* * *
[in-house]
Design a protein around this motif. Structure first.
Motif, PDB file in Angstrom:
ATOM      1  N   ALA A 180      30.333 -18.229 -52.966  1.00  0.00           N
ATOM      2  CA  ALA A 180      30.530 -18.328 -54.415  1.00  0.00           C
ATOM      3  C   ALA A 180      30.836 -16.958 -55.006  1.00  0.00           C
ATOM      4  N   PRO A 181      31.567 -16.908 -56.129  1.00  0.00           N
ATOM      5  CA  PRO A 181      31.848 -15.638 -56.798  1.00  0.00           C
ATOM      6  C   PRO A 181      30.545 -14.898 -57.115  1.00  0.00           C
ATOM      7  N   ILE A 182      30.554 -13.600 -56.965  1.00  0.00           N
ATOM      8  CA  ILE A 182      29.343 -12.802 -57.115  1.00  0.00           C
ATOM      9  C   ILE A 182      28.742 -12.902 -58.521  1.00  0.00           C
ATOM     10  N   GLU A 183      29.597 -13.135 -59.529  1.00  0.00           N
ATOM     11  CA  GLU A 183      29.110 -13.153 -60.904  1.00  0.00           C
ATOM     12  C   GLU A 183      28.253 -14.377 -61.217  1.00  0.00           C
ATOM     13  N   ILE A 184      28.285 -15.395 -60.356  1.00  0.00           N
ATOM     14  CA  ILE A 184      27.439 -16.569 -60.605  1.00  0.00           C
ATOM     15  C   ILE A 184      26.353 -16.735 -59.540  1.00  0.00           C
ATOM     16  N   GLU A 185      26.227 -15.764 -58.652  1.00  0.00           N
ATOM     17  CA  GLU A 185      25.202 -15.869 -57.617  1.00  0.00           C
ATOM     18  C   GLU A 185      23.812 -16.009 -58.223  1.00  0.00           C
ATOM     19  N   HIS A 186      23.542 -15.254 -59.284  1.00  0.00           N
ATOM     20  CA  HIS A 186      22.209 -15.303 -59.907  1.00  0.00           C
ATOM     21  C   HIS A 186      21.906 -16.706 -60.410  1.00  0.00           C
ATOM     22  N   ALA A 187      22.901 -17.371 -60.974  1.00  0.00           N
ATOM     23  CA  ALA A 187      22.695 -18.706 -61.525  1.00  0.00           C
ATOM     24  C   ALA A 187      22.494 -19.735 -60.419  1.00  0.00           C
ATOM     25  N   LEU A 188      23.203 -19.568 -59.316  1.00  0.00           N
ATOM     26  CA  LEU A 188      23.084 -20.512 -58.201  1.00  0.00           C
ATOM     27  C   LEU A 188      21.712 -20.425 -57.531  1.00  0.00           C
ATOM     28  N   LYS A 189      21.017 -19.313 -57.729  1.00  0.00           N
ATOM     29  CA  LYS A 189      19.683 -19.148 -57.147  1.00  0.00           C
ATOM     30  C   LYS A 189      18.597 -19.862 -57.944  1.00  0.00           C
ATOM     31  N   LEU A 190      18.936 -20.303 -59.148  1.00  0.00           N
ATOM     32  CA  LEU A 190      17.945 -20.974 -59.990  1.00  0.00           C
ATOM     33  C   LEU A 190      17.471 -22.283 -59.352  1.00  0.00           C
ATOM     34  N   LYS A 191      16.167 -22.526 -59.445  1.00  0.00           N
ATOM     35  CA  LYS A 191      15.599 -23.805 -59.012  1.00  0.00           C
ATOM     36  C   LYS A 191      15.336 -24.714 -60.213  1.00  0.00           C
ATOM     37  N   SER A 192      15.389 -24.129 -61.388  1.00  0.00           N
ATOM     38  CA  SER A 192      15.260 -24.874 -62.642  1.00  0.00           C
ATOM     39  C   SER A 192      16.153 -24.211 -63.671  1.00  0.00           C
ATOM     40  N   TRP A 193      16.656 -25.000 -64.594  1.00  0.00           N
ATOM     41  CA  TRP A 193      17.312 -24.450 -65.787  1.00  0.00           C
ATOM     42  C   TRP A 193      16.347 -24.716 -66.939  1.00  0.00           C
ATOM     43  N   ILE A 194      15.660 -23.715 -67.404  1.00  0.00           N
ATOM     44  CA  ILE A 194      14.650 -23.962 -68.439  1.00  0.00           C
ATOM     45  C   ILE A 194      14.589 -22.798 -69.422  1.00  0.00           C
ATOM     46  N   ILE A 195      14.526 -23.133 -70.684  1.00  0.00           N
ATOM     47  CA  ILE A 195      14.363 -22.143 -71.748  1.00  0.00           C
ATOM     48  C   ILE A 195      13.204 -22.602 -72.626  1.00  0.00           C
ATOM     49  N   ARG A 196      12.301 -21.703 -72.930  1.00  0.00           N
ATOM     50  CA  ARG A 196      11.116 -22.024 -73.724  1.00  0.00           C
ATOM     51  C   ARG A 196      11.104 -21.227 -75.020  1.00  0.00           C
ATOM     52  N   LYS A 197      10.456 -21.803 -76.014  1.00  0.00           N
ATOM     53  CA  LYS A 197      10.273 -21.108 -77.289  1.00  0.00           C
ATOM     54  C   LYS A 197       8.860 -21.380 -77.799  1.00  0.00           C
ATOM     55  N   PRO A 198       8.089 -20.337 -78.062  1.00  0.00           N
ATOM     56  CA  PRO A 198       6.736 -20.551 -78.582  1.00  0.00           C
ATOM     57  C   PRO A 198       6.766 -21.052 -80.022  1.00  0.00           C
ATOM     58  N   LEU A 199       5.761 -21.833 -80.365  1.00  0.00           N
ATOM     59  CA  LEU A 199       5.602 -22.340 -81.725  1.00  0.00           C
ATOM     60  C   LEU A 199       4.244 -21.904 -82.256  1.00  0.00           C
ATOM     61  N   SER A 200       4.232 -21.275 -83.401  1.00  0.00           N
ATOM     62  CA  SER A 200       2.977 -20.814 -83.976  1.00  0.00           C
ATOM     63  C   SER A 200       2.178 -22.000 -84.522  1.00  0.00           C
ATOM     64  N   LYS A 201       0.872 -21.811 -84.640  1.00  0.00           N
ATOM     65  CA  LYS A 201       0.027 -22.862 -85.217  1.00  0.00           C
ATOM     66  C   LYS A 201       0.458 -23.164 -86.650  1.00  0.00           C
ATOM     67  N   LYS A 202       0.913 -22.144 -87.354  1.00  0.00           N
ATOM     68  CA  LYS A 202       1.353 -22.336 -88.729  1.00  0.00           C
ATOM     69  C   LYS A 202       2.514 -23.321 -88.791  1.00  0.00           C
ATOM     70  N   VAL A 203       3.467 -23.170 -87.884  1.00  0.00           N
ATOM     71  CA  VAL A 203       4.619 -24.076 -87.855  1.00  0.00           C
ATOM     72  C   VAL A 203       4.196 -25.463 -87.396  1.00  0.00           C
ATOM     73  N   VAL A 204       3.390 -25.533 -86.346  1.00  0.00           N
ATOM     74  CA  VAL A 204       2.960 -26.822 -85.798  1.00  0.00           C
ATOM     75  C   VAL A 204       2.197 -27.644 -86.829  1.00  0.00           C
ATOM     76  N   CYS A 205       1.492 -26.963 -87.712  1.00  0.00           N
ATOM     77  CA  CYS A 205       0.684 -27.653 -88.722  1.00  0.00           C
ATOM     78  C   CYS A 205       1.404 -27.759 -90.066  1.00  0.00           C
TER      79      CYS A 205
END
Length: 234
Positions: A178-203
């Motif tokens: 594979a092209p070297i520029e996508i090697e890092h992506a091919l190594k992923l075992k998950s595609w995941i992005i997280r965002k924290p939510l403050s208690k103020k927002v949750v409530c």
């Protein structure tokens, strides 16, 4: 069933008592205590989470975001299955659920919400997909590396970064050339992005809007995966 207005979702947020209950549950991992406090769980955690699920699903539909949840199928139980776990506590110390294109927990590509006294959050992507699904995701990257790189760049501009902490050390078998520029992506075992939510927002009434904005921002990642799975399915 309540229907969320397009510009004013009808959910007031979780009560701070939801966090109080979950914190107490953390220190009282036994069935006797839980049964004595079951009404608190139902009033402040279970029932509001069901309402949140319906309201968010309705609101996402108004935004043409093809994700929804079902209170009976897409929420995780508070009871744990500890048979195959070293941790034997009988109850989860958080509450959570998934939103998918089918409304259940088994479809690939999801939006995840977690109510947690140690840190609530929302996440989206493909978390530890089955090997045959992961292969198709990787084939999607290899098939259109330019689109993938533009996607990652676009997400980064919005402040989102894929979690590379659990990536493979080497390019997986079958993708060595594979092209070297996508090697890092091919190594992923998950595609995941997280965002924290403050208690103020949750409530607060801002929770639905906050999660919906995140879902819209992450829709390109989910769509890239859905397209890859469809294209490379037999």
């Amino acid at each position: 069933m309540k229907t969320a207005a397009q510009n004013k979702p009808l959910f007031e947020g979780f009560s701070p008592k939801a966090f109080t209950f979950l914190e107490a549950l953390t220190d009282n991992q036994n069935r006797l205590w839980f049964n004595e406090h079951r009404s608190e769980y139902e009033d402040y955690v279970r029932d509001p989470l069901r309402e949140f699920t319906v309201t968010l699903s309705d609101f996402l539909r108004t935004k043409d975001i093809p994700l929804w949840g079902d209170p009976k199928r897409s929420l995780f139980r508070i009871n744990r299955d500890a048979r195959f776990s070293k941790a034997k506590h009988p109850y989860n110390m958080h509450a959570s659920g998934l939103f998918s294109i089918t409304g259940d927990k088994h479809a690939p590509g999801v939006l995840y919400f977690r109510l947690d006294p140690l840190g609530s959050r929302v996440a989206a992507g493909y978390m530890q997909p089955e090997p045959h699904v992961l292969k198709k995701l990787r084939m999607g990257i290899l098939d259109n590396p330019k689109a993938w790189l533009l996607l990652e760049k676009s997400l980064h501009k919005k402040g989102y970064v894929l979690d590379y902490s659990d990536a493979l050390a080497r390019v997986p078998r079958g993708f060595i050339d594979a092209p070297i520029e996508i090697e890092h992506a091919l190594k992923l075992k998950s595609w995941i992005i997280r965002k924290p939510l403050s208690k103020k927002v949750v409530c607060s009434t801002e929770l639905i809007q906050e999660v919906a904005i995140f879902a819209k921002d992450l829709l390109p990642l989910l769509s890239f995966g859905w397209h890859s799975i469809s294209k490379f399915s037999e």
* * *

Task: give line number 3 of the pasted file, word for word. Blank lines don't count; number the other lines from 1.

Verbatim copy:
Motif, PDB file in Angstrom: